Type II Diabetes Myths Busted 
Myth buster: Subbulaxmi Trikudanathan, M.D., endocrinologist, medical director for the University of Washington Diabetes Institute
“There are several risk factors for developing diabetes that, together could multiply that risk, so…take things in moderation.”
Myth #1: Consuming too much sugar causes diabetes.
Fact: “Consuming sugar does not directly cause diabetes, but high-sugar foods are calorie dense, which makes one gain weight and so indirectly puts someone at risk of developing Type II diabetes,” Trikudanathan said.
“When we consume food, it is broken down into simple sugars in the blood. Insulin, a hormone, is secreted by certain cells in the pancreas, to move sugar – the glucose – from the bloodstream into the cells to make energy that is used by our muscles, tissues and various organs. If the insulin islet cells in the pancreas (which make the insulin) are destroyed, Type I diabetes occurs. That means there is not enough insulin and the blood sugar levels keep rising. Food doesn’t play a role.
In Type II diabetes, however, the insulin secreted by the pancreas is not recognized by the body and does not move that sugar from the blood to the cells. As a result, the pancreas gets the signal that there is more and more sugar and eventually the pancreas decompensates as if it’s exhausted. If you are in that state and are constantly eating sugary food, the sugar puts you directly at risk.”
Myth #2: Only overweight people get diabetes.
Fact: “High body weight is a significant risk factor for developing diabetes, but overweight people don’t necessarily develop Type II diabetes.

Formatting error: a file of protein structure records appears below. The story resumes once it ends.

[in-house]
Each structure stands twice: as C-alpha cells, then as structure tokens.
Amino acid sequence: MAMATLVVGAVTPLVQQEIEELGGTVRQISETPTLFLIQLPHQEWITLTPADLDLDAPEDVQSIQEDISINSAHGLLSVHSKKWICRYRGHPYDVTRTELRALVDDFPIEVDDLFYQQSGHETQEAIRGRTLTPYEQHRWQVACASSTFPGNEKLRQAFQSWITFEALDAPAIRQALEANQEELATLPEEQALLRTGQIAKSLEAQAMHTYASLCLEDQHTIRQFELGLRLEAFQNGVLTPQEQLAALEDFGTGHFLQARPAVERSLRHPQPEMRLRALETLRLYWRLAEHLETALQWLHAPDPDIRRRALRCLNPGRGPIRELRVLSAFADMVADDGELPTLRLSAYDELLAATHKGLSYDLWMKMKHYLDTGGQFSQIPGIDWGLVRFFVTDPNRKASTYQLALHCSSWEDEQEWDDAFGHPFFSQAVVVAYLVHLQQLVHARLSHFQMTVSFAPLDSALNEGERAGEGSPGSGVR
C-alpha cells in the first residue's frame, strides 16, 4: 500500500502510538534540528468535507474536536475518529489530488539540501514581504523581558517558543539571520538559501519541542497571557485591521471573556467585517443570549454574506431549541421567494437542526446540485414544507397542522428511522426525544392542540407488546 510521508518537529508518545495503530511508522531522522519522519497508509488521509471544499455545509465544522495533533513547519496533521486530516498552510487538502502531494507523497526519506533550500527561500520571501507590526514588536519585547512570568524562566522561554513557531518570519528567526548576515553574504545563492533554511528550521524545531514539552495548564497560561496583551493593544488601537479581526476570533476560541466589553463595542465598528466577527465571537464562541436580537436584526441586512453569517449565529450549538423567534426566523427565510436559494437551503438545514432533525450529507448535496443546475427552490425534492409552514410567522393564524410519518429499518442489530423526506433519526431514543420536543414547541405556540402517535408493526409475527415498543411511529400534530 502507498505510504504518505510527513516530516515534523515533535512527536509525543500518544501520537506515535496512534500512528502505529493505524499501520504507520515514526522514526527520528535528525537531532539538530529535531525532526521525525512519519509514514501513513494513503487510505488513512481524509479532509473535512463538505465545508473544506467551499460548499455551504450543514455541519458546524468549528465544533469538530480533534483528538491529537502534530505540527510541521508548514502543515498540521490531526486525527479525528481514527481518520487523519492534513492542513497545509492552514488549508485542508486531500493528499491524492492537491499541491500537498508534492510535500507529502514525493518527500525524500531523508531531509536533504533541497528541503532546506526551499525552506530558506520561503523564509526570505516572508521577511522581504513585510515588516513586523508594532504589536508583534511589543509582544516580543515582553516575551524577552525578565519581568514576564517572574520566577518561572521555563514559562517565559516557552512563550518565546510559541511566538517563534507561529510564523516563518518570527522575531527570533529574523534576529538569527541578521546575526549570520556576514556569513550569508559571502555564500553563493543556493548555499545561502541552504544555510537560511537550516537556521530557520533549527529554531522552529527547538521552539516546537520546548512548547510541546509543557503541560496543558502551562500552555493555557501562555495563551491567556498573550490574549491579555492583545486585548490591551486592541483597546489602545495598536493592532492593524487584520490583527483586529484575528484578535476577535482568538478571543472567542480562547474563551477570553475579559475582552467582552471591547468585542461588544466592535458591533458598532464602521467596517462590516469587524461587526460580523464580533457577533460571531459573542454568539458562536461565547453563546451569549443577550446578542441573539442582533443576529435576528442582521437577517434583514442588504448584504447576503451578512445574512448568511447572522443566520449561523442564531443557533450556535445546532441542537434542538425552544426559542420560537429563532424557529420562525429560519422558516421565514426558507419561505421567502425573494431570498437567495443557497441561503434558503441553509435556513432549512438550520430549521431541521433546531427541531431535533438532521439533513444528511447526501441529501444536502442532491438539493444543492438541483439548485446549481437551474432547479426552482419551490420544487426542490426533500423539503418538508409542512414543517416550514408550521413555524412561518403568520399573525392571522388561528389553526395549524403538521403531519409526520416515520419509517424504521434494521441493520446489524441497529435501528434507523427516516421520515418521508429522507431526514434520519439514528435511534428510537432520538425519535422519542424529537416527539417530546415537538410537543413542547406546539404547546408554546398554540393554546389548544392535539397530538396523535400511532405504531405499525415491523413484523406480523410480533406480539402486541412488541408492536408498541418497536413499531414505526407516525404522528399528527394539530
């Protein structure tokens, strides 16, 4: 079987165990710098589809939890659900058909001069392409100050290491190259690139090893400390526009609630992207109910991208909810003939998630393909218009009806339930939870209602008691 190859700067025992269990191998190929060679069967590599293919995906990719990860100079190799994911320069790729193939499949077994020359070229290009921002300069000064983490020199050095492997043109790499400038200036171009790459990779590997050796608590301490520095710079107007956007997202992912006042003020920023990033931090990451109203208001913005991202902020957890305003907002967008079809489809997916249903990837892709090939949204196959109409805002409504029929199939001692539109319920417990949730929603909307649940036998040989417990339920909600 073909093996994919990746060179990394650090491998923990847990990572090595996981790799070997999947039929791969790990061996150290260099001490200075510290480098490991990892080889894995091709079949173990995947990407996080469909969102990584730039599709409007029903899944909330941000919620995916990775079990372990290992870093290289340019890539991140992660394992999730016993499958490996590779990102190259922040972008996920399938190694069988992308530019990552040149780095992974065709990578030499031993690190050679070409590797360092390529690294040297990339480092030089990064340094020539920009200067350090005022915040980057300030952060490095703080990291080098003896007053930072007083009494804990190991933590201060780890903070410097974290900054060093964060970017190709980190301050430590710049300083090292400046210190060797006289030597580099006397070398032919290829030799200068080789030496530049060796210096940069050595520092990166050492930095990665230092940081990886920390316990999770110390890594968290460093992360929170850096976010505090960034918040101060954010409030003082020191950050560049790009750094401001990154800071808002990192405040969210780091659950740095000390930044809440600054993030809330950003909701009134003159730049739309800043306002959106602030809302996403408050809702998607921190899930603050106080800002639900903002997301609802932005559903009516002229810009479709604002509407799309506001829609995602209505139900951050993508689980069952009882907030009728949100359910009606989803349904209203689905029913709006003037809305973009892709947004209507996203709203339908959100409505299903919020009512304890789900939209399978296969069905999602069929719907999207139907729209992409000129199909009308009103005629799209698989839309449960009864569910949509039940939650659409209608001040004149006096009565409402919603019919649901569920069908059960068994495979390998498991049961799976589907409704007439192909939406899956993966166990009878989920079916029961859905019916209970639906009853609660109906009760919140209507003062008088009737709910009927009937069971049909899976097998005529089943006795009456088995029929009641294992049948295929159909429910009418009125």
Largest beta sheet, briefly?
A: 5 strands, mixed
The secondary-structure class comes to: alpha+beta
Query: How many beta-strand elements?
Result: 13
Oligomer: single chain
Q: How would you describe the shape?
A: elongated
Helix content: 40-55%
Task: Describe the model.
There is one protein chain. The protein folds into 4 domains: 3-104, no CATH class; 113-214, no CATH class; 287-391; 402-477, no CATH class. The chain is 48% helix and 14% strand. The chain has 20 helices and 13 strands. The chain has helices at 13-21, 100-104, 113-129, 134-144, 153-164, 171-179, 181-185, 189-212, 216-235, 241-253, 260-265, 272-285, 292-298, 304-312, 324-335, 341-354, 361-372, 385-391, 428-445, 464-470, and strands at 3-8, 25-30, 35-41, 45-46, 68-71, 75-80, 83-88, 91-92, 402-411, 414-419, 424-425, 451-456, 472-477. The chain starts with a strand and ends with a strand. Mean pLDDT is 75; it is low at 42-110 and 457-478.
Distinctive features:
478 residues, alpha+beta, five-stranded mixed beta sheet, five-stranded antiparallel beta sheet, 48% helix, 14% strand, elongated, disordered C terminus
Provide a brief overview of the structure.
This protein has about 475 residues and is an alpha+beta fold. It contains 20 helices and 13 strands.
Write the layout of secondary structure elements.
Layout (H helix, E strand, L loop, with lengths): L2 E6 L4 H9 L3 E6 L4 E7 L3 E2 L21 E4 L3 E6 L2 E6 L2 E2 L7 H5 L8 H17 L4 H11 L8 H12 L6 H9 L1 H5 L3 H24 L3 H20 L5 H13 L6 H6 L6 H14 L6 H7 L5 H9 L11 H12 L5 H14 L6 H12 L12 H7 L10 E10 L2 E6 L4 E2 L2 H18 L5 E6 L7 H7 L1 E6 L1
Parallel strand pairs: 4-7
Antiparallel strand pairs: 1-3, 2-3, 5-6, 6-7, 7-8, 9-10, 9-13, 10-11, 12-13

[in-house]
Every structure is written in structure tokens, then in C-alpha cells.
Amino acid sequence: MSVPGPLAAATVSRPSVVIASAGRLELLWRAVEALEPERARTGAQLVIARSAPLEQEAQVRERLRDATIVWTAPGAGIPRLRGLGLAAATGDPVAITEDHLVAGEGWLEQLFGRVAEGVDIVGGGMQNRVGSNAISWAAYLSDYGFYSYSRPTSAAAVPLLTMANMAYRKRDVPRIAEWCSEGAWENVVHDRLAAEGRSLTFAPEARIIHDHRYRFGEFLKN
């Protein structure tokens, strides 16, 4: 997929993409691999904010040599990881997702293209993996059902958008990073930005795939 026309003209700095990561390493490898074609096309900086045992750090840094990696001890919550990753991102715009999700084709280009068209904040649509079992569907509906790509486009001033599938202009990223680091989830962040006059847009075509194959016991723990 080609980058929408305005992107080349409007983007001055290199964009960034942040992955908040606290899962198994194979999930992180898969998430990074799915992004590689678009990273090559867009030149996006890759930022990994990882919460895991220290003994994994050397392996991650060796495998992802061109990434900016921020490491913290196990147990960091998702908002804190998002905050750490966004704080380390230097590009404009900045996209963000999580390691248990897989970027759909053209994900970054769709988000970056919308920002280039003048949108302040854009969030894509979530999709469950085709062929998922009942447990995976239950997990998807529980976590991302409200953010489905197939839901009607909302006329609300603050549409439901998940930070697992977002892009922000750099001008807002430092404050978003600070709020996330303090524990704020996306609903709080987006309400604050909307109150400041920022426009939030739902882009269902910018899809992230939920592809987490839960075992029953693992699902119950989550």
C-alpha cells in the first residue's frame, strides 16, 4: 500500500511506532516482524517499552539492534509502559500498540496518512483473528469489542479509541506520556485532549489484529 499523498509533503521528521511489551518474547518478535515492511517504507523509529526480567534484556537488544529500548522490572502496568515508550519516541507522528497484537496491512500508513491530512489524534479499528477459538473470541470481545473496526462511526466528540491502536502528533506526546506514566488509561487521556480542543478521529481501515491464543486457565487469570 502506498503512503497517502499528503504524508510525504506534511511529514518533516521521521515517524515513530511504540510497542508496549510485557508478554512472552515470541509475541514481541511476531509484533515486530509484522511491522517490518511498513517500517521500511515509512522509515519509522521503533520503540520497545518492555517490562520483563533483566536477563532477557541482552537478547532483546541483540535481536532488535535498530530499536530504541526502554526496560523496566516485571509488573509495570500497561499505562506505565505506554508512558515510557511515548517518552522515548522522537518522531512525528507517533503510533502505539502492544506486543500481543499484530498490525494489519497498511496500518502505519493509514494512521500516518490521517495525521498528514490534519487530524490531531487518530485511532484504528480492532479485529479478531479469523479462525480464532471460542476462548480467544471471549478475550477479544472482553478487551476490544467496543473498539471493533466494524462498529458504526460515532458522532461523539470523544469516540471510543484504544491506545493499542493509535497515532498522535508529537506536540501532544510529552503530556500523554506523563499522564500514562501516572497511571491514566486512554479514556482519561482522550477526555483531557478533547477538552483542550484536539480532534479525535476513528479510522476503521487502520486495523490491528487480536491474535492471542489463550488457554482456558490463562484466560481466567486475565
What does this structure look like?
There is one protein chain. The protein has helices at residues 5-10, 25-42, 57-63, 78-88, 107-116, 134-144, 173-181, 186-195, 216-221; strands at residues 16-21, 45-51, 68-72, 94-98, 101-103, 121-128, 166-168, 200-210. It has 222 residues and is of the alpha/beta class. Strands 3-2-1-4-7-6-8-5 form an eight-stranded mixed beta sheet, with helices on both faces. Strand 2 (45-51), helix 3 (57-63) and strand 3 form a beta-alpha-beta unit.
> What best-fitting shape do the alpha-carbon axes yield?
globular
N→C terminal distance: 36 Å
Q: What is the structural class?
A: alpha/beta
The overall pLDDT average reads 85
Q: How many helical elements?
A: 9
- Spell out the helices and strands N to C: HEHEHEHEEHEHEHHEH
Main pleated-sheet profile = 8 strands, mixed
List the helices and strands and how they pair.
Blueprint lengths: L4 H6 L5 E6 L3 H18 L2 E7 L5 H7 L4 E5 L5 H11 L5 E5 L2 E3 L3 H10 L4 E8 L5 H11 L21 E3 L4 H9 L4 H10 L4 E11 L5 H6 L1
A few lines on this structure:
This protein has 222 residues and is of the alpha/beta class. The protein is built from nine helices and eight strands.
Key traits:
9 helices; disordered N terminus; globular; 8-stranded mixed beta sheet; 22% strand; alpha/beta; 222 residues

There are several other risk factors that, combined, could multiply the risk of developing diabetes. Family history, being of certain ethnicities (notably being Native American, South Asian or Hispanic), environmental factors and living in a calorie-dense milieu with less physical activity also increase your risk of developing diabetes.
Certain medical conditions, like polycystic ovary disease, also put people at risk. People with normal body weight can develop diabetes if they have some dysregulation of how the insulin is secreted. In Type I diabetes, for example, people may have an autoimmune condition that destroys the islet cells.”
Myth #3: Medication can overcome bad eating habits.
Fact: “Nutrition and physical activity are the foundation on which we add treatments for anyone with diabetes. That foundation must be strong for the medications to work (optimally). Everything needs moderation. For example, fats and protein cause a much slower increase in the blood sugar than carbohydrates, so we want our patients with diabetes to moderate their carbohydrate intake – eating fat, protein and fiber with them, for example – so blood sugar levels climb more slowly after meals.”